First, I should clarify one thing from yesterday's post - I was intending no criticism or comment on the poems in Rialto with the poem that I wrote (though what I said earlier still holds about a lot of magazine verse). It was actually a serious experiment to see what would happen and I'm rather pleased with the result. It's almost a kind of hidden Ashbery poem, and I think it's rather melancholy; which probably reflects my mood at the moment. I just need a title now.
Anyway, having cleared that up - I went to Manky Poets at Chorlton Library for a reading with Grevel Lindop yesterday. A long tall glass of a man with very white hair, and softly spoken but very clear. Not my favourite kind of poetry; a bit too formalist for me, but there were good images scattered about and on the whole it was reasonable. Don't take that as faint praise, by the way; this is just my opinion and is more to do with my current taste in poetry than anything to do with how good or bad a poet he is. Everyone else seemed to enjoy it immensely, and he managed to sell all the books he'd brought with him.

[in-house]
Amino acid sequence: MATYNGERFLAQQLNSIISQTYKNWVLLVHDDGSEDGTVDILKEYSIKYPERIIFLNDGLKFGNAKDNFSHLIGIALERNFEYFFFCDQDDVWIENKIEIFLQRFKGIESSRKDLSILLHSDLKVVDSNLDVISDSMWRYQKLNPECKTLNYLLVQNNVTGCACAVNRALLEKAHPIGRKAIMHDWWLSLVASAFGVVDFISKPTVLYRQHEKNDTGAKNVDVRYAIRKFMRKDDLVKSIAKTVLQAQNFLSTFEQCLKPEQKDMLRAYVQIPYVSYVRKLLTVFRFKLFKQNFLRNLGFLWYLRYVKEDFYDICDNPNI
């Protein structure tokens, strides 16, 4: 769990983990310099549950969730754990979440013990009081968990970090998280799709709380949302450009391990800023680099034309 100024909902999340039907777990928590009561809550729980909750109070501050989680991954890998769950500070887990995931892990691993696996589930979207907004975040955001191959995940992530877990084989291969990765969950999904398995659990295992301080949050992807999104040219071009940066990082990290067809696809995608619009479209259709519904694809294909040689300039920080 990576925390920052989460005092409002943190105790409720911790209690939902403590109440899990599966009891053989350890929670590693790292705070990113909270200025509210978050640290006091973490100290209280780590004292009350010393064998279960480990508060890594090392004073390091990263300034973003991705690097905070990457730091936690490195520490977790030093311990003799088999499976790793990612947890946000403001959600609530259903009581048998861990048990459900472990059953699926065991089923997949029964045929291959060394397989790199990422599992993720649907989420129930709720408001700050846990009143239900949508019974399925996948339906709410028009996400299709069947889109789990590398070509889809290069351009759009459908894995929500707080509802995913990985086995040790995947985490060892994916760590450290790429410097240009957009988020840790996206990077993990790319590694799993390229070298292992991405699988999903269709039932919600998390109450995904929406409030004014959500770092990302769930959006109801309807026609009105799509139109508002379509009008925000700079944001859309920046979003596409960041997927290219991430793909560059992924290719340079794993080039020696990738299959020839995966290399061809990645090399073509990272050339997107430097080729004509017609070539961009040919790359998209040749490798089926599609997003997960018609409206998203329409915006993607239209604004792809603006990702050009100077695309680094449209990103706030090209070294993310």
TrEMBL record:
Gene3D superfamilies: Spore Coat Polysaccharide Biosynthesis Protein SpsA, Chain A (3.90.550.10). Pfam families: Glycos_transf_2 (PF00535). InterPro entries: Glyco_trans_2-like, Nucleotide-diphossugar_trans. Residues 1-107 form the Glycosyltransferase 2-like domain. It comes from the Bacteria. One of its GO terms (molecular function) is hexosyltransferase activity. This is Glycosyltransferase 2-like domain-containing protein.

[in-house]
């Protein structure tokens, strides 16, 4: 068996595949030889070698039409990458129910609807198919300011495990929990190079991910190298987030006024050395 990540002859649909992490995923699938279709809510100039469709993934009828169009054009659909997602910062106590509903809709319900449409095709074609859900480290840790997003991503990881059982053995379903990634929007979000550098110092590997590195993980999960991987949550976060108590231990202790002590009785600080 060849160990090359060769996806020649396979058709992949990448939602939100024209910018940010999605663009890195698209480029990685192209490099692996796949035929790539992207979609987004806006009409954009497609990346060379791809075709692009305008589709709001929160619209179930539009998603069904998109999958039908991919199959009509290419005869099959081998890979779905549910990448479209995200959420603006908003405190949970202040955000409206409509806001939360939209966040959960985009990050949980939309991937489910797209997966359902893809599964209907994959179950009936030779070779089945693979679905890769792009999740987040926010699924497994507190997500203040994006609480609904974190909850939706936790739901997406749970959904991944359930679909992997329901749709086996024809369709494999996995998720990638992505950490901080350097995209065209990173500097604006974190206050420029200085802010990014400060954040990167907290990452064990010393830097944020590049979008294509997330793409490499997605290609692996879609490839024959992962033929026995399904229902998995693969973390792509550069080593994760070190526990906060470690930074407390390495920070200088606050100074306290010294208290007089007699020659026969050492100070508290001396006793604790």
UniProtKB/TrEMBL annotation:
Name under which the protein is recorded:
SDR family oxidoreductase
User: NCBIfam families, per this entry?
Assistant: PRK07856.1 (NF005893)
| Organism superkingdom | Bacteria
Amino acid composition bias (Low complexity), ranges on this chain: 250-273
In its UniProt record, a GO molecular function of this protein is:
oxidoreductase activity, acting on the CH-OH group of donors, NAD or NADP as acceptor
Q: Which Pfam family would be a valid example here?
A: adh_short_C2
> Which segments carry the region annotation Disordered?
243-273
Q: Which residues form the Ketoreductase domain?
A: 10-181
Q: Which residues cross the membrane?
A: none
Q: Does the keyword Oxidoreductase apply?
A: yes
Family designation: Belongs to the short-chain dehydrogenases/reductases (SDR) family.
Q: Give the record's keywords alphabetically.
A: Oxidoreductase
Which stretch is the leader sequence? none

Helen Clare, who was in the audience, made an interesting comment in the pub afterwards. She said she was bored by straightforward narrative. That goes for me too, and I wonder if that's an increasing tendency even among the more mainstream poets. Little stories, anecdotes etc. are less and less prevalent, and people are now playing around with putting things in the wrong order, leaving things in the air etc... Less and less poems these days end with that smug little thump of meaning that wraps everything up in the last verse (there's a poem in Rialto that has 3 three terrific verses and ends with this awful summing-up verse that someone should have told him to cut. I didn't take a line from that for my poem because I'm hoping he'll realise himself.)
I'm thinking very seriously of going to Cork for the Cork International Poetry Festival - Tom Raworth, Lee Harwood and a whole host of the avant garde, British, Irish & American are going there. The line-up looks terrific.
THE WINNER OF THE FIFTH FORTNIGHT PRIZE IS....
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